Between Jobs

By | 2017-07-17T12:21:18+00:00 June 6th, 2017|Global Market Update|

Are we working hard, or hardly working? Man shoveling at construction site. Photo: Igor Ovsyannykov. Source: Fancycrave Both. The unemployment rate declined to its lowest level since 2001. Employers added jobs for the 80th straight month – the longest such streak on record. Wages are up 2.5% from a year ago – more than the 2% wage gains we were seeing last year, and significantly more than the 1.5% inflation rate. But unemployment fell because people are leaving the workforce. The labor force shrank [...]

Follow the Money (Part 2)

By | 2017-07-17T12:21:54+00:00 July 6th, 2016|Global Market Update|

Where do our wages come from? Source: Wikipedia As long as there has been work, there have been wages. Wages have been part of society from Ancient until the present. There are many references to wages in the Bible. Wages can be calculated by the task—a piece rate—or by the amount of time put in. Day wages were typical in the ancient world, but as soon as clocks were invented, hourly wages became more common. Paying people by the hour has the virtue of [...]

Workforce Worries

By | 2017-07-17T12:22:23+00:00 October 26th, 2015|Global Market Update|

Where have all the workers gone? Photo: Doug Tengdin Ever since the late ‘90s the labor force participation rate has been falling. There are now over 92 million adult Americans who aren’t working and aren’t looking for work. On its face, that’s a shocking number—almost a third of the population. And 20 million of these folks are in their prime working years. Where did they all come from? And what are they doing? Source: St. Louis Fed Actually, it’s not that big a mystery. [...]

The Wages of Stagnation

By | 2017-07-17T12:22:42+00:00 July 15th, 2015|Global Market Update|

Why are wages growing so slowly? Source: Bureau of Labor Statistics A couple of researchers at the Cleveland Fed have been studying this question. Why, at a time when unemployment has fallen from 10% to 5.5%, has wage growth been stagnant? In real terms, wages haven’t risen at all over the past five years—in contrast to how wages rose after previous recessions. Cumulative change in compensation. Data for nonfarm business sector. Source: BLS and Cleveland Fed Part of the answer has been low productivity [...]

Employment, Wages, and the Fed

By | 2017-07-17T12:23:03+00:00 February 20th, 2015|Global Market Update|

Don’t put the cart before the horse! Source: Edublogs That’s what I thought when I heard that the Fed is targeting wages as an economic indicator. Over the past several years hourly earnings have been stagnant. Some say the Fed shouldn’t raise rates until household income improves. And since real wages haven’t moved, Fed policy should stay where it is. Only in the past couple years have wages begun to outpace inflation. […]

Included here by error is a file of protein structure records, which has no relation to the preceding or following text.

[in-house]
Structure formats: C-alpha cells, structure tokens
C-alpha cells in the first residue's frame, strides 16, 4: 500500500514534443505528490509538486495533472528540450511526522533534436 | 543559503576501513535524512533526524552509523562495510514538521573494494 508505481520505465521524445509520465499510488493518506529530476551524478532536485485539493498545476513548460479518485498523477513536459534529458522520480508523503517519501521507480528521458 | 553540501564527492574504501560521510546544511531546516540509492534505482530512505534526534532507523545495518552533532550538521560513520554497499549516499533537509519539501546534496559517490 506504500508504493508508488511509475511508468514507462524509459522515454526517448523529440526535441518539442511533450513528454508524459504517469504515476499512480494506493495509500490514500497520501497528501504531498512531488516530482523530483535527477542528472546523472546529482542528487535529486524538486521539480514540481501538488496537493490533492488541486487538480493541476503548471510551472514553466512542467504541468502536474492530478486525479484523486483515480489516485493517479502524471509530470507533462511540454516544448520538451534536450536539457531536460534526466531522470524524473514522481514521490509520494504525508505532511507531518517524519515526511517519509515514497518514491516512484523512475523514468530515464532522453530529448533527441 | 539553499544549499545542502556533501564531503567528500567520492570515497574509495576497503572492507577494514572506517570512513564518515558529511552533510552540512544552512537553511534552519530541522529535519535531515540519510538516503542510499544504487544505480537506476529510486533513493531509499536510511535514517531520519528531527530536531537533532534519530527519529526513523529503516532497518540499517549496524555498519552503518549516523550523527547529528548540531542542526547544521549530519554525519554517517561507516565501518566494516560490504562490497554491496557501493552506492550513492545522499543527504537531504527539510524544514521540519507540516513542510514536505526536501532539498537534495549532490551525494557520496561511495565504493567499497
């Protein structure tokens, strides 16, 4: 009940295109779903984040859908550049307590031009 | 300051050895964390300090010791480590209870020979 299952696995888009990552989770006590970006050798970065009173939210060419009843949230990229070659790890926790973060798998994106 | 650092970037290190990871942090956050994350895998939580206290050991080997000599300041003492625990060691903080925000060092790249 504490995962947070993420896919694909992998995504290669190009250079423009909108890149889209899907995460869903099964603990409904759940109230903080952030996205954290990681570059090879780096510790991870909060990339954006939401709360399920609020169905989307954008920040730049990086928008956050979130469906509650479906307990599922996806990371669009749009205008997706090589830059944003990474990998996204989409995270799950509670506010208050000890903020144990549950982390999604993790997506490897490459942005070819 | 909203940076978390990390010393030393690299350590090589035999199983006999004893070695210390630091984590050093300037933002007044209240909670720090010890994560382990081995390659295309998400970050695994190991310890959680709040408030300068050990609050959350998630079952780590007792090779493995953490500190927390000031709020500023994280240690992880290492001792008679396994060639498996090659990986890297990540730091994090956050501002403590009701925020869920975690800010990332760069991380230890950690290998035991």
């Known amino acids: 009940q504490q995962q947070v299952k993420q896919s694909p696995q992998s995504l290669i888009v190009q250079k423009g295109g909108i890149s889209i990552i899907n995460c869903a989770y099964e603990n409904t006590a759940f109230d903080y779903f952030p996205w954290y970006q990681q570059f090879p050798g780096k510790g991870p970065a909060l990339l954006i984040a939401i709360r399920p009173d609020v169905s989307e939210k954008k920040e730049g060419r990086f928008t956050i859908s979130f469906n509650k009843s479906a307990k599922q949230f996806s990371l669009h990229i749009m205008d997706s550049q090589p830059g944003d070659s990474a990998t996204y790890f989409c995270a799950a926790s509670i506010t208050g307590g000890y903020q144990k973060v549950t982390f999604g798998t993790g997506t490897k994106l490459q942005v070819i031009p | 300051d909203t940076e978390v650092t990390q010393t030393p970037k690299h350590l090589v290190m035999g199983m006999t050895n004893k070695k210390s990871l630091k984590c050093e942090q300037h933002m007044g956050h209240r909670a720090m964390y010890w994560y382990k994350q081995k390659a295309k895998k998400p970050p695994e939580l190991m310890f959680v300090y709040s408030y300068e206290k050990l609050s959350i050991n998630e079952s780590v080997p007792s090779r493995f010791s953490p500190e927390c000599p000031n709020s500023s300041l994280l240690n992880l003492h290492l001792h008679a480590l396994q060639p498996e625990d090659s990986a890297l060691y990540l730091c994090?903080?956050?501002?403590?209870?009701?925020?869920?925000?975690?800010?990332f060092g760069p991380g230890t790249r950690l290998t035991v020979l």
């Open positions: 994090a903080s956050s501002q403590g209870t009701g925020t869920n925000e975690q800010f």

The Wages of an Oil Bust?

By | 2017-07-17T12:23:09+00:00 December 17th, 2014|Global Market Update|

Could falling oil prices delay the Fed’s rate hike? Source: Federal Reserve Among economists the current consensus is that the Fed will begin to raise interest rates sometime in mid-2015. There’s discussion about their official statement which explains that they expect to maintain the current rate regime for a “considerable time” following the end of their asset-purchase program, which ran out in October. A change in the statement would continue to prepare the markets for higher rates—something the Fed wants to do. Gone are [...]

Productively Growing

By | 2014-09-18T09:48:14+00:00 August 14th, 2014|Global Market Update|

Why does productivity matter? The textbooks tell us that rising productivity is essential to rising real wages. That is, as workers do more, they can be paid more. But why? Won’t employers just pocket the extra earnings? That’s what seems to be happening now. Rising productivity following the Great Recession has led to rising profits and stagnant wages, soaring stocks and a lagging labor economy. In the short run, yes, when firms can expand production using the same number of workers, they will, and [...]

Athletic Madness

By | 2017-07-17T12:34:20+00:00 March 31st, 2014|Global Market Update|

Are college athletes exploited? With the NCAA Basketball tournament reaching the heights of hype and football players from Northwestern University trying to unionize, it’s a reasonable question. After all, the schools make a lot of money off these sports—TV rights, merchandizing, ticket sales—not to mention the cachet that comes from being a national champion. In an era of branding and name-recognition, it pays to be number one. So the question is, should these athletes be paid—or paid more, since they do receive scholarships. First, [...]

Double Trouble?

By | 2013-12-02T11:25:39+00:00 December 2nd, 2013|Global Market Update|

Should we double the minimum wage? That’s what entrepreneur Ron Unz thinks. He proposes to increase the minimum wage in California $12 an hour. Some other folks want to increase it to $15 per hour. They claim that higher wages will lead to higher spending, and this will stimulate the economy. In addition, companies like Wal-Mart or McDonalds can afford it. Wal-Mart’s net profits were $17 billion last year; McDonalds made $5.5 billion. But those companies’ biggest expense is labor; if the minimum wage [...]